“I hope Bill Ackman has done more research on Valeant than he did on Herbalife, Target, Borders and JC Penny,” said Alan Hoffman, executive vice president, global corporate affairs, Herbalife.
Recovery Wrecked: American Employee Compensation Dropped In September For The First Time Since July 2013Submitted by Tyler Durden on 10/30/2015 08:49 -0400
Despite all the promises, all the surveys, all the expectations that wage growth is coming (any minute now), September crushed the hopes (and changes) and dreams of Americans as, for the first time since July 2013, Compensation of Employees fell month-over-month. Recovery?
The mid-year bounce is over. Both Personal Income (+0.1% vs +0.2% exp) and Personal Spending (+0.1% vs +0.2% exp) missed expectations and slowed dramatically. This is the weakest spending growth since January and weakest income growth since March driving the savings rate to its highest since April.
Sun Edison's meltup yesterday on news that hedge fund manager David Tepper would be appearing on CNBC (and nothing else) has been entirely removed as Tepper exclaimed this morning, with regard rumors "there must be some really good ganja coming into the country." Well if that doesn't sum up the entire market, we don't know what does...
Bullish Fund Flows Return With A Vengeance: Largest Equity Inflow In 6 Weeks; Money Put Into Bonds, CommoditiesSubmitted by Tyler Durden on 10/30/2015 08:04 -0400
The bullish fund flows are back. This is how Bank of America summarizes the latest EPFR capital flow sentiment: "Loving Wall Street: $15bn equity inflows + $5bn HY/IG inflows + 6 straight weeks of commodity inflows = investors are "risk-on."
- World stocks on course for best month in four years (Reuters)
- Global Stocks Up Amid Stimulus Hopes (WSJ)
- BOJ Refrains From Adding Stimulus Even as Inflation, Growth Wane (BBG)
- U.S. Avoids Debt Default as Congress Passes Fiscal Plan (BBG)
- China naval chief says minor incident could spark war in South China Sea (Reuters)
- Exclusive Club: No High-Frequency Traders Allowed at Luminex (WSJ)
As Beijing fights to keep "Mr. Chen" and his "yellow loafers," tea, and Snickers bars from smuggling billions out of the country on behalf of Chinese citizens fearing an economic implosion and a double-digit deval, capital account convertibility may counterintuitively be one of the PBoC's most effective weapons as loosening capital controls will both calm the panicked masses and support the IMF SDR bit. Still, as Citi's David Lubin puts it, "China should expect to see gross capital outflows for the foreseeable future [and] it's not even clear that SDR inclusion will lead to a net capital inflow to China."
Back in September we explained why, contrary to both conventional wisdom and the BOJ's endless protests to the contrary, neither the BOJ nor the ECB have any interest in boosting QE at this - or any other point - simply because with every incremental bond they buy, the time when the two central banks run out of monetizable debt comes closer. Since then the ECB has jawboned that it may boost QE (but it has not done so), and overnight as reported previously, the BOJ likewise did not expand QE despite many, including Goldman Sachs, expecting it would do just that.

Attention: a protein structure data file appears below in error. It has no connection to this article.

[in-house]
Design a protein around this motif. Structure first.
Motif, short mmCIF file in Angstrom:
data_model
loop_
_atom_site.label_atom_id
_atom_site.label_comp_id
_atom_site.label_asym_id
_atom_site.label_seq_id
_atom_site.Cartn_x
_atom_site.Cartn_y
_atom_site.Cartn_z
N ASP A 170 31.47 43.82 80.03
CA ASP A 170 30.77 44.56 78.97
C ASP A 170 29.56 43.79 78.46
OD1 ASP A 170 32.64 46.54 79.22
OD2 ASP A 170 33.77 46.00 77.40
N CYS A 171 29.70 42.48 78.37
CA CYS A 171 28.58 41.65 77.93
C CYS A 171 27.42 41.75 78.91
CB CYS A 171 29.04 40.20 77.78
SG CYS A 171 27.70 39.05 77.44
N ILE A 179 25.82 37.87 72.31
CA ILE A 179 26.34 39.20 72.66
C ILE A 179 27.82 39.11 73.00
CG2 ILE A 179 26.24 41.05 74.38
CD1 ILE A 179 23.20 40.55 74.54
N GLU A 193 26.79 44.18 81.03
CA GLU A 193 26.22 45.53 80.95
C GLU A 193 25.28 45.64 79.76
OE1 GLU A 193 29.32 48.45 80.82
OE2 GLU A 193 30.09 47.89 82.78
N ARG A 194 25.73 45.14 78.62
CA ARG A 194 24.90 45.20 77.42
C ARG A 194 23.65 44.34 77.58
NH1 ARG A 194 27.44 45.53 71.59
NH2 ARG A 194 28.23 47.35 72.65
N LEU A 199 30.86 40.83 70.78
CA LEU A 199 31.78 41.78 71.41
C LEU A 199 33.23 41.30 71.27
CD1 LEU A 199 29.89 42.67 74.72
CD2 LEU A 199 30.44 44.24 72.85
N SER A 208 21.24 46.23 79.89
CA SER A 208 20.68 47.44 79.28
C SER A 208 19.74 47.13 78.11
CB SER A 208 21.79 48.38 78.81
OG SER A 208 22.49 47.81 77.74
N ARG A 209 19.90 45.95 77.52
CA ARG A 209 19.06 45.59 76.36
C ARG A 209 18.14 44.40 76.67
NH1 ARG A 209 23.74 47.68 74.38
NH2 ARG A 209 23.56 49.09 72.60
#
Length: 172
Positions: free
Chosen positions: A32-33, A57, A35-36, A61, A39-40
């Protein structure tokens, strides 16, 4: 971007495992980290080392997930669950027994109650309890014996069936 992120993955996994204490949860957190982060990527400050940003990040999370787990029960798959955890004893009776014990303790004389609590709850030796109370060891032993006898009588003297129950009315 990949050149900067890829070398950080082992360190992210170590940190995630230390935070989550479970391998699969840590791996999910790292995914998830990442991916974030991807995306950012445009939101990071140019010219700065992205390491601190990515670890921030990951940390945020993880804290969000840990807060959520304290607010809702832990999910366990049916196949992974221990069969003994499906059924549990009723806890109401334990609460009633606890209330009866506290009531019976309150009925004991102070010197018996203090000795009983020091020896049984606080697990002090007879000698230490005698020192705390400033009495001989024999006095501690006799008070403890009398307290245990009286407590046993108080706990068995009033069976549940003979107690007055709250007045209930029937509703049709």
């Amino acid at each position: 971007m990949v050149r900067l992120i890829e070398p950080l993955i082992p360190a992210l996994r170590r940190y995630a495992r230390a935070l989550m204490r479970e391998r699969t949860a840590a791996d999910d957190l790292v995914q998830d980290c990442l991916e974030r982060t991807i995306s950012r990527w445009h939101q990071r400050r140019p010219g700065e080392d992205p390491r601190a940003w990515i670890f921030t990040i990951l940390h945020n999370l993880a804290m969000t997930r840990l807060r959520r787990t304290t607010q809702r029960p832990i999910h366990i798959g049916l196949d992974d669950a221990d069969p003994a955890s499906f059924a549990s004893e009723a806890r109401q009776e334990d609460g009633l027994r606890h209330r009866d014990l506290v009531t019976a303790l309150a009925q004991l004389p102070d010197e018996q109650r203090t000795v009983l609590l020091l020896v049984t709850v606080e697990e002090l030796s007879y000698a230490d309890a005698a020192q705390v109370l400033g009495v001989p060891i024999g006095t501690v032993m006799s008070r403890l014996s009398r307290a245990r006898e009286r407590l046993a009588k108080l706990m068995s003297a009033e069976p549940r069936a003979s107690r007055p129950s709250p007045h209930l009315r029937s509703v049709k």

Just 5 days after holding a call to "confirms appropriateness of accounting" vis-a-vis Philidor, Valeant has just confirmed all the negative press when moments ago it formally announced it was terminating its relationship with Philidor. "The newest allegations about activities at Philidor raise additional questions about the company's business practices," said J. Michael Pearson, Valeant's chairman and chief executive officer. "We have lost confidence in Philidor's ability to continue to operate in a manner that is acceptable to Valeant and the patients and doctors we serve."
The Ghost Cities Finally Died: For China's Steel Industry "The Outlook Is The Worst Ever Amid Unprecedented Losses"Submitted by Tyler Durden on 10/29/2015 22:35 -0400
In late 2014 something happened: for whatever reason the most unregulated aspect of China's financial system, its shadow banks, not only stopped lending money but actually went into reverse, thus putting a lid on China's Total Social Financing expansion, which had been the world's "under the radar" growth dynamo for so many years. At that moment not only did China's ghost cities officially die, but it meant an imminent collapse for China's steel industry. That collapse has arrived.
'Mysterious' JPY-Selling, Stock-Buying Panic Ensues After Bank Of Japan Leaves Monetary Policy UnchangedSubmitted by Tyler Durden on 10/29/2015 23:55 -0400
Having disappointed an expectant market by voting overwhelmingly (8-1) to leave monetary policy unchanged, the initial plunge in USDJPY and Japanese stocks has found a mysterious (and massive) JPY seller and Nikkei 225 buyer. USDJPY is now 100 pips and Nikkei 225 500 points above post-BOJ dip lows... because hawkish is the new bullish...
The desire to take the American public out of the “of the people, by the people, for the people” business can minimally be traced back to the Vietnam War, to the moment when a citizen’s army began voting with its feet and antiwar sentiment grew to startling proportions not just on the home front, but inside a military in the field. It was then that the high command began to fear the actual disintegration of the U.S. Army. From that moment on, the urge to demobilize the American people and send them to Disney World would only grow.